Format: What kind of direction did you give Tomer for the artwork?
Aesop Rock: I went to his apartment. At the time I had about four songs that I knew were being kept for the record. Tomer is not by nature a hip-hop fan, but he’s not anti-hip hop either. He’s just not all about it. I played him the four songs and he was like, your stuff is weird. I was like, so is yours, that’s why I’m here. I told him a few things on what I envisioned as the character for Bazooka Tooth, more like situations he would get himself into, the type of person I felt he was, played some songs, etc. I left him the CD after chilling for maybe three hours. We are both huge Chris Ware fans, so as soon as I found that out, I knew we had something going. That was it. I wanted him to get a taste of the music, a taste of me as a human being, and use that to do what he does best.

Format: How was Tomer to work with? What was the process like?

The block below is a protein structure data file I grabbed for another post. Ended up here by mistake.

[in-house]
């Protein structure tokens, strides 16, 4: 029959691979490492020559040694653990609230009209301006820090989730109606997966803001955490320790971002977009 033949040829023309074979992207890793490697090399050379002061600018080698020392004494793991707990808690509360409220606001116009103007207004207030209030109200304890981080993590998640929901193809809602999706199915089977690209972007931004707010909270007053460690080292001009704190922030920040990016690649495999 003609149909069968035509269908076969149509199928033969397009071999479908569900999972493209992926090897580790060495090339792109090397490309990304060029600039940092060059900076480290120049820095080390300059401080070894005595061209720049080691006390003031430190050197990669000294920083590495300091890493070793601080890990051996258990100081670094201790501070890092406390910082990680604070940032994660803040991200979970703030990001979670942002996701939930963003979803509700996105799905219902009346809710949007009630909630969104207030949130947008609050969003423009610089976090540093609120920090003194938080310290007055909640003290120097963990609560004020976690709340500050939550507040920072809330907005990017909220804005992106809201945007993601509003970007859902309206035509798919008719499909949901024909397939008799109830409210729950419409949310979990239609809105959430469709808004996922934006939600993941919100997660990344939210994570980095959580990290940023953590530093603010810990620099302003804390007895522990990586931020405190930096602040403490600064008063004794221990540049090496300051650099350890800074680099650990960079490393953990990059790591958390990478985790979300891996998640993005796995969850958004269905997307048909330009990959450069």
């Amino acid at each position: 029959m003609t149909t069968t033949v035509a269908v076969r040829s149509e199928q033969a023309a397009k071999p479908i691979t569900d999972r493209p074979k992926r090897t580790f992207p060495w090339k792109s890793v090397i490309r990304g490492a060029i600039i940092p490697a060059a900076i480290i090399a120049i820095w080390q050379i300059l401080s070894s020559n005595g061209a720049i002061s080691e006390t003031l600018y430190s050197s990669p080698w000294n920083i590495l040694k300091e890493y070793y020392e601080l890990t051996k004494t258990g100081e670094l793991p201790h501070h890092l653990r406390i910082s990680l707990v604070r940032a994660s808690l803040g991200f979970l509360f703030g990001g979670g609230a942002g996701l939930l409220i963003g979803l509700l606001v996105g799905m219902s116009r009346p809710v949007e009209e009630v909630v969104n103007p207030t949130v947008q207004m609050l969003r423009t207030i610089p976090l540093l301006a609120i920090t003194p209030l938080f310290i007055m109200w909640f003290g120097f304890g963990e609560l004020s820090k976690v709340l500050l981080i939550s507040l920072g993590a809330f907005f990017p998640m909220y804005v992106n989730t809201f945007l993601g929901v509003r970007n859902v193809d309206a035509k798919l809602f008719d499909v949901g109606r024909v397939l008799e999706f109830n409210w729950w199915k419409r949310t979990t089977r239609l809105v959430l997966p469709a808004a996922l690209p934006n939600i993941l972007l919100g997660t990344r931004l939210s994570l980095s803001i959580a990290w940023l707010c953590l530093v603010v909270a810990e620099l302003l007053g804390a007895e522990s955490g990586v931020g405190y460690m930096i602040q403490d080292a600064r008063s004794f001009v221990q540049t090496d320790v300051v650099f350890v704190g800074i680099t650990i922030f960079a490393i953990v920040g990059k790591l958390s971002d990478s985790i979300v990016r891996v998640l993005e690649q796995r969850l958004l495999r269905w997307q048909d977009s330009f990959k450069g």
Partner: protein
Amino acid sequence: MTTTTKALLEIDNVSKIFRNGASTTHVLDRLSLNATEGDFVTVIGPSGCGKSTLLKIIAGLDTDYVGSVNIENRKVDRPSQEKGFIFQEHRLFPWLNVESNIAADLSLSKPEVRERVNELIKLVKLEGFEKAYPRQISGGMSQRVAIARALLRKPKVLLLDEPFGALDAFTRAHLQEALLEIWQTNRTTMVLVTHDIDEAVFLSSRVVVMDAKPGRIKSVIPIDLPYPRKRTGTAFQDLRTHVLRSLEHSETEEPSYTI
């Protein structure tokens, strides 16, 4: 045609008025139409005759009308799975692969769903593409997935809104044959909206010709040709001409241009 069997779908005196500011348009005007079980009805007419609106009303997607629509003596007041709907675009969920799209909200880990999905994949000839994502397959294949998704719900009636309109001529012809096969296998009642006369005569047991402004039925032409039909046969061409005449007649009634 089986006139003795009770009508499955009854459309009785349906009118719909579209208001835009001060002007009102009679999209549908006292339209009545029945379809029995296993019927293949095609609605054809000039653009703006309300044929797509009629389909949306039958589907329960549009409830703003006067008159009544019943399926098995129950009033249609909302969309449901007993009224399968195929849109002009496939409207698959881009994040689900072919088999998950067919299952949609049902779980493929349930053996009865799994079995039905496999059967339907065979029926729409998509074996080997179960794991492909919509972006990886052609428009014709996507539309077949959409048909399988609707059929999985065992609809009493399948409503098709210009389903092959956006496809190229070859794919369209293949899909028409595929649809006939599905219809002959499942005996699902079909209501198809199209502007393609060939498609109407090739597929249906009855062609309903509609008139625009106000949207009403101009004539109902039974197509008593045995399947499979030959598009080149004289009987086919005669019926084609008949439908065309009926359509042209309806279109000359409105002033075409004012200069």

Aesop Rock: He was awesome. The perfect balance of creativity with a small amount of business, only where necessary. But this is obviously a man that draws all the time. It was great though. I didn’t know him before this and he was inviting me to his home to build about artwork for an artist that he didn’t even know about prior to that. I gave him a couple ideas and a tiny bit of direction, but most importantly gave him some music. A week later he had preliminary sketches done of three different possible versions of the cover. One week after that I was staring at the completed art. It was amazing.

Format: What is your interpretation of the work, and how do you feel it reflects the albums content?
Aesop Rock: Man it was so great to receive the finals. It was very close to what was in my head, and I felt it fit what I needed so perfectly, that even the picture in my head over time morphed into what Tomer had drew. I mean, you can discuss what you want all day, but until you see the characters you have nothing. He really nailed it on the head though. It was the perfect dark, sinister, somewhat funny but more evil cover. Friends were telling me that it was legitimately frightening them, so I knew I had a winner. It reflects the content perfectly. I was going through a really weird time in my life during the creation of that record. The character Tomer created just about sums it up. He looks like he is about to explode in every way.